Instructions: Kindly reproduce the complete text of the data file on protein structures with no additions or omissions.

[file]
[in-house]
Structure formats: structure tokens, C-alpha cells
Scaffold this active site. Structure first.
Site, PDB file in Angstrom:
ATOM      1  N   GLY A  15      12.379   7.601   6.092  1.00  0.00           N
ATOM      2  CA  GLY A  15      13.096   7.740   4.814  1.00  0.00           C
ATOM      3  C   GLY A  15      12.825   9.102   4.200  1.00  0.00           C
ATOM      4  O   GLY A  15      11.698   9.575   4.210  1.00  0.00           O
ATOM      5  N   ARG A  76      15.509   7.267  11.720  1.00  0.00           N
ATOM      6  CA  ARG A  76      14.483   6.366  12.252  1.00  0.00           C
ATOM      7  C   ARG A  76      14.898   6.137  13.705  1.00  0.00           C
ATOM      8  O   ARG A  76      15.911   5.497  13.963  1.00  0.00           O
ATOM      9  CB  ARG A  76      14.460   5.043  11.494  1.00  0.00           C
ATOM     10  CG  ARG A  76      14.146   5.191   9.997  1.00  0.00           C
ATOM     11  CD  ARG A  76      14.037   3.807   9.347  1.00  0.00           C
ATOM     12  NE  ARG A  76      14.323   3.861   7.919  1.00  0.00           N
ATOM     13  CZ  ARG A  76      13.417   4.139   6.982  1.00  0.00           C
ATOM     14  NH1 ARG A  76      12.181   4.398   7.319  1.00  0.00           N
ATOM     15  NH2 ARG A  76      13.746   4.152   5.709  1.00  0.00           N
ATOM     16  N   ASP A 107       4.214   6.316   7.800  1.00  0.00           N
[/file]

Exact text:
[in-house]
Structure formats: structure tokens, C-alpha cells
Scaffold this active site. Structure first.
Site, PDB file in Angstrom:
ATOM      1  N   GLY A  15      12.379   7.601   6.092  1.00  0.00           N
ATOM      2  CA  GLY A  15      13.096   7.740   4.814  1.00  0.00           C
ATOM      3  C   GLY A  15      12.825   9.102   4.200  1.00  0.00           C
ATOM      4  O   GLY A  15      11.698   9.575   4.210  1.00  0.00           O
ATOM      5  N   ARG A  76      15.509   7.267  11.720  1.00  0.00           N
ATOM      6  CA  ARG A  76      14.483   6.366  12.252  1.00  0.00           C
ATOM      7  C   ARG A  76      14.898   6.137  13.705  1.00  0.00           C
ATOM      8  O   ARG A  76      15.911   5.497  13.963  1.00  0.00           O
ATOM      9  CB  ARG A  76      14.460   5.043  11.494  1.00  0.00           C
ATOM     10  CG  ARG A  76      14.146   5.191   9.997  1.00  0.00           C
ATOM     11  CD  ARG A  76      14.037   3.807   9.347  1.00  0.00           C
ATOM     12  NE  ARG A  76      14.323   3.861   7.919  1.00  0.00           N
ATOM     13  CZ  ARG A  76      13.417   4.139   6.982  1.00  0.00           C
ATOM     14  NH1 ARG A  76      12.181   4.398   7.319  1.00  0.00           N
ATOM     15  NH2 ARG A  76      13.746   4.152   5.709  1.00  0.00           N
ATOM     16  N   ASP A 107       4.214   6.316   7.800  1.00  0.00           N